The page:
A 48-year-old woman suffered from tingling and burning sensations of the toes and fingers one week before admission. They ascended the next day to the knees and forearms in a symmetric pattern, after which she developed double vision. The day before admission she had numbness of the four limbs, poor balance, unsteady gait, inability to use the arms instead of normal muscle strength and was unable to make any eye movements. Neurologic examination was remarkable for a total external ophthalmoplegia, with bilateral ptosis prominent on the left eye. The pupils were equal and pupillary reflexes were preserved. She had no muscular weakness. The tendon reflexes were hypoactive, with flexor plantar responses present bilaterally. She had decreased sensation to all modalities in the four limbs. The joint position and vibration sensations were decreased and Romberg's sign was positive. Her gait was ataxic and she could not walk without assistance. Analysis of CSF showed a protein level of 80 mg/dl with normal chloride and sugar levels and no cells. Electrophysiologic study showed that median, ulnar and sural nerve sensory action potentials were bilaterally absent or attenuated [Table 1]. Motor nerve conduction studies were bilaterally normal. A needle EMG study demonstrated no abnormality of the muscles. The patient was at first diagnosed with MFS. Further questioning revealed that she complained of itching eyes and a dry mouth which had bothered her for several years. Schirmer's test was positive (right 1 mm/ 5 min, left 1 mm / 5 min). A minor salivary gland biopsy showed sialadenitis with mononuclear inflammatory infiltrates, interstitial fibrosis and acinar atrophy of the gland [Figure 1]. Her right sural nerve biopsy revealed moderate diffuse loss of myelinated fibers and no evidence of arteriolar vasculitis. Anti Ro (SS-A) was positive at a titer of 4.3 U/ml and anti La (SS-B) at 2.6 U/ml. Routine hematological and blood chemical tests were normal. Erythrocyte sedimentation rate was 30 mm/h, CRP and rheumatoid factor were negative, antinuclear antibodies and extractable nuclear antigens were negative and serum immunoglobulin and complement levels were normal. Serum concentrations of folic acid, vitamin B12, vitamin E and thyroid hormones were normal. Cranial and orbital MRI were normal. The patient was diagnosed with SS according to the European community criteria.[8]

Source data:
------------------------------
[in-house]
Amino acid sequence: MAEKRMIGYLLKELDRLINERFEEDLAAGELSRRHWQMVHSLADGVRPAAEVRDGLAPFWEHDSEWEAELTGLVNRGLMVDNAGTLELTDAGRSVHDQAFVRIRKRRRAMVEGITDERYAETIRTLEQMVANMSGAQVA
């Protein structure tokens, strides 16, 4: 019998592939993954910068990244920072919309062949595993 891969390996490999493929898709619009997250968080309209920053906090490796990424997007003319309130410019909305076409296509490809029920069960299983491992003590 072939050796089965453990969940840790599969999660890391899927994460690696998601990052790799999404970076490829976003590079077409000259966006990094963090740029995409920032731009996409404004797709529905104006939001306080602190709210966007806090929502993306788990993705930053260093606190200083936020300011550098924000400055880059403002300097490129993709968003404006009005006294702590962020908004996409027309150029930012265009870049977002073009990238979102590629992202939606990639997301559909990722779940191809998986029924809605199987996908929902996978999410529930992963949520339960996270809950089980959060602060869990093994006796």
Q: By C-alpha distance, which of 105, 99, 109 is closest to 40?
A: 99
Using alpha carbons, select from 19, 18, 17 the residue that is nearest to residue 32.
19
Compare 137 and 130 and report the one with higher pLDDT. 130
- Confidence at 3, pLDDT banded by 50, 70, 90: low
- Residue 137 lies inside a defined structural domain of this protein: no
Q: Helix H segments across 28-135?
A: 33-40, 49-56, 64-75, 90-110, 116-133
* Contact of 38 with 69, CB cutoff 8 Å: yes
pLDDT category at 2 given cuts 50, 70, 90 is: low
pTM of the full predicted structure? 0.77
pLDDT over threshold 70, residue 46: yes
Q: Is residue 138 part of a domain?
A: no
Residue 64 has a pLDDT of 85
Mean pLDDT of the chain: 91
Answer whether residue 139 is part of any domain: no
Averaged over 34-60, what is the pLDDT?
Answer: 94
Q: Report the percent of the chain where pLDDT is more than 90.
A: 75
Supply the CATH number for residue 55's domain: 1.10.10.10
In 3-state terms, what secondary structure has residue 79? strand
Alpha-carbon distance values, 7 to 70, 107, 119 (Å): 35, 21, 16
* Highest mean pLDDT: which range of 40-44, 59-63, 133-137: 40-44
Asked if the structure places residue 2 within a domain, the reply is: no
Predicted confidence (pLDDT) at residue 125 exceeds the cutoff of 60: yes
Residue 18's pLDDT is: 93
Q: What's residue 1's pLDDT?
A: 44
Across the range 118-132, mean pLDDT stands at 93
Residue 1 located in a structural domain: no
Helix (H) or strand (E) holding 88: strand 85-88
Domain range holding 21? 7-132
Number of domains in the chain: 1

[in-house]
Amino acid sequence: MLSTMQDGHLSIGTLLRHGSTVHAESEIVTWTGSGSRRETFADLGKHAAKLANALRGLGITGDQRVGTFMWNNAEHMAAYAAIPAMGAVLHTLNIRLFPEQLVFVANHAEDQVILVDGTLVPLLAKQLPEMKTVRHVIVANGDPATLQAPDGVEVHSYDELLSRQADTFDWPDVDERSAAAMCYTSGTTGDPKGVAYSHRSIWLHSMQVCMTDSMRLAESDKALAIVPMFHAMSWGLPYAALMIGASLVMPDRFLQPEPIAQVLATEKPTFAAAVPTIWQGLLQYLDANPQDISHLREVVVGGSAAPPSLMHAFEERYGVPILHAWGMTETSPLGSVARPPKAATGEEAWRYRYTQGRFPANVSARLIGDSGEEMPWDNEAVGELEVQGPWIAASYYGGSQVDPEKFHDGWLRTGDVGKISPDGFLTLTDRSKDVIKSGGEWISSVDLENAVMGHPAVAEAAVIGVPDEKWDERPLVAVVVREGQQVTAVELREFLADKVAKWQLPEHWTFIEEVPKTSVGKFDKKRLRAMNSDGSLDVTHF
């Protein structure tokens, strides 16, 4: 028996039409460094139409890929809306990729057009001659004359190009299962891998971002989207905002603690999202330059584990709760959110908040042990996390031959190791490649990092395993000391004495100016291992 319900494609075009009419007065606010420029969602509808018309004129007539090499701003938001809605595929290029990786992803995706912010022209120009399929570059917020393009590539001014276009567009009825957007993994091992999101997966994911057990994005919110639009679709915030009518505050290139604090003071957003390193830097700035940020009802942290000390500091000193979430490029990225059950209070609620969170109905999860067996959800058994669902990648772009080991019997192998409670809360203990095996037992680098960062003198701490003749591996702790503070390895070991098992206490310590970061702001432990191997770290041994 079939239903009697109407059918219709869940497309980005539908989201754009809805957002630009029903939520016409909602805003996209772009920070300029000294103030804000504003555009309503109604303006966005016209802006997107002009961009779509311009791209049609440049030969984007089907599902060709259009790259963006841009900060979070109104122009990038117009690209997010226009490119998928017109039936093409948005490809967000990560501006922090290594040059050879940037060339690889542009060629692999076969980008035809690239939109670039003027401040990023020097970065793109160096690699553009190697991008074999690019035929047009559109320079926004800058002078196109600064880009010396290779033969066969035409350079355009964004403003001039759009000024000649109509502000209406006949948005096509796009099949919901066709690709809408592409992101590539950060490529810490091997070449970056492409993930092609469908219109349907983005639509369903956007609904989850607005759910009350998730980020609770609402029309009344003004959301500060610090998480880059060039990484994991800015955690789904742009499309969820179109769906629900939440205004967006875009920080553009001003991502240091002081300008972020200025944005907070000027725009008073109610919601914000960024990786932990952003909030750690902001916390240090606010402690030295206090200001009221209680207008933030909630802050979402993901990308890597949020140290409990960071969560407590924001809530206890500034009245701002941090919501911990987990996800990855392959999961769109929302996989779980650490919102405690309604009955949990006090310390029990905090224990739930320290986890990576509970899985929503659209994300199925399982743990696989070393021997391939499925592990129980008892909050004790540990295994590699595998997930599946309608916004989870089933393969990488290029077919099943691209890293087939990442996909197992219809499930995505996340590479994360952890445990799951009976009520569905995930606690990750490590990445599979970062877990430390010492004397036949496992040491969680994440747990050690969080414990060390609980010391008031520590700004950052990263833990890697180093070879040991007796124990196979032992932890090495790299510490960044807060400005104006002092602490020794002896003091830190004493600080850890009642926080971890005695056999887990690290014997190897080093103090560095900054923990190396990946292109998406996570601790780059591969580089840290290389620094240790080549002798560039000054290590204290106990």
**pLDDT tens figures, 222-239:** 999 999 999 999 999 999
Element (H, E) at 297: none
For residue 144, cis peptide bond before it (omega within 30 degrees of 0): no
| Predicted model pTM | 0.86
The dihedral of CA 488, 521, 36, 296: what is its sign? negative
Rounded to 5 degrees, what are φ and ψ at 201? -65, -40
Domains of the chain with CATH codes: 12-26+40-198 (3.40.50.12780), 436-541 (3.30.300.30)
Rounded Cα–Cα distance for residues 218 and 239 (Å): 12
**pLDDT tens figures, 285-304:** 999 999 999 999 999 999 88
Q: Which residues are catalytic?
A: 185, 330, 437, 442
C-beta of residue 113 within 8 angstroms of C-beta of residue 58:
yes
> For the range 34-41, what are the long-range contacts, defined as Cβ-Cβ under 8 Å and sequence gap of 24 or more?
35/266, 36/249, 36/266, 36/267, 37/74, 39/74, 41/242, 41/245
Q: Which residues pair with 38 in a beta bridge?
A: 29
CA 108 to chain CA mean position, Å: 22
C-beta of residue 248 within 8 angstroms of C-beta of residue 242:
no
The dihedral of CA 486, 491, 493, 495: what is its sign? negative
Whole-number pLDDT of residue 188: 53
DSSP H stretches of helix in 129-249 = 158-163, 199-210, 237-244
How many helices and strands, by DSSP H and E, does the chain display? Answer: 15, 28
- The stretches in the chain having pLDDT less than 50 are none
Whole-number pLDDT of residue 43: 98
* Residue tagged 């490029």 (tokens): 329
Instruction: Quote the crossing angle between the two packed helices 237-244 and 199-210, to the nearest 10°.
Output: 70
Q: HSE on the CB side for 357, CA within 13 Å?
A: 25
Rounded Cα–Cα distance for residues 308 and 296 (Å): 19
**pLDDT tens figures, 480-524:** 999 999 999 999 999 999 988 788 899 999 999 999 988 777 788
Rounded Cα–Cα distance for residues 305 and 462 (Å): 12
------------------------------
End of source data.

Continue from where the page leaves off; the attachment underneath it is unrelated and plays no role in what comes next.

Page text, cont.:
She was started with 0.4 g/kg immunoglobulin daily, for 5 days. Two weeks later, vertical movement of both eyes was at first achieved, followed by improvement of horizontal eye movements. She became less ataxic and could walk without support six weeks after admission. She had no sensory symptoms at the follow-up, 3 months later. Improvement was demonstrated on EMG at the follow-up six weeks and approximately one year later [Table 1].